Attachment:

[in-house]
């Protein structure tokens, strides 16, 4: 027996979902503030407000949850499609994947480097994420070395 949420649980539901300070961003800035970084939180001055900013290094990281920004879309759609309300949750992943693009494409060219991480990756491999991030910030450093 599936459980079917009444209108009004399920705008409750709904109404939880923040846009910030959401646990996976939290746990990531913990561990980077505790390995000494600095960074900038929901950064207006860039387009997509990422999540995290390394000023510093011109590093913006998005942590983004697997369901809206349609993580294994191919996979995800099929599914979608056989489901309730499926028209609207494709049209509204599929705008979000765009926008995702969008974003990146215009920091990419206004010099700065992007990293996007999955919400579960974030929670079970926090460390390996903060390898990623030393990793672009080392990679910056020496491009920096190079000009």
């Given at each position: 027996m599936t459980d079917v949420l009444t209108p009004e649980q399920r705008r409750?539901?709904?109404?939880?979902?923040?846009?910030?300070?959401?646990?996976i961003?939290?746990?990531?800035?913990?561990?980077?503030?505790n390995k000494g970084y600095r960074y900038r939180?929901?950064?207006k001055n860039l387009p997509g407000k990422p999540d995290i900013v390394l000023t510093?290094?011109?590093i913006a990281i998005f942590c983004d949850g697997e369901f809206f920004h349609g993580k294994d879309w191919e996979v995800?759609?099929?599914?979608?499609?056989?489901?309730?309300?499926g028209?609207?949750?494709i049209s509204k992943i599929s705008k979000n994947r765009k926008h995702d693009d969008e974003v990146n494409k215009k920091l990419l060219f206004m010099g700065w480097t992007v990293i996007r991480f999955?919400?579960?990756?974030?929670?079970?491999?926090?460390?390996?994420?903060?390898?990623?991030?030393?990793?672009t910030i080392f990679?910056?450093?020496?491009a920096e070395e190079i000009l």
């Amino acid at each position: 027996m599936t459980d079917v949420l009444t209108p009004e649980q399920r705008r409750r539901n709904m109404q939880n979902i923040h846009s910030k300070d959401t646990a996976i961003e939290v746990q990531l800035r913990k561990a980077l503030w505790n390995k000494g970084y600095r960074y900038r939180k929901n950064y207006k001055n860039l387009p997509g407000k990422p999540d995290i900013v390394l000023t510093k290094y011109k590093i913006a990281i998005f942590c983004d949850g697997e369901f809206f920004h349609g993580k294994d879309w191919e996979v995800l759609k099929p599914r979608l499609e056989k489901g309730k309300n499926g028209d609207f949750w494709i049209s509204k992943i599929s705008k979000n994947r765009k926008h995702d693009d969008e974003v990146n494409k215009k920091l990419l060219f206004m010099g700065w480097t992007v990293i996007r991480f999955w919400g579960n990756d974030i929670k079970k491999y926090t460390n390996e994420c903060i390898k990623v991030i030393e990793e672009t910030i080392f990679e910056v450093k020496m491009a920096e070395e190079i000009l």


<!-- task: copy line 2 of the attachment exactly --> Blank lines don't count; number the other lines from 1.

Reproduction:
């Protein structure tokens, strides 16, 4: 027996979902503030407000949850499609994947480097994420070395 949420649980539901300070961003800035970084939180001055900013290094990281920004879309759609309300949750992943693009494409060219991480990756491999991030910030450093 599936459980079917009444209108009004399920705008409750709904109404939880923040846009910030959401646990996976939290746990990531913990561990980077505790390995000494600095960074900038929901950064207006860039387009997509990422999540995290390394000023510093011109590093913006998005942590983004697997369901809206349609993580294994191919996979995800099929599914979608056989489901309730499926028209609207494709049209509204599929705008979000765009926008995702969008974003990146215009920091990419206004010099700065992007990293996007999955919400579960974030929670079970926090460390390996903060390898990623030393990793672009080392990679910056020496491009920096190079000009």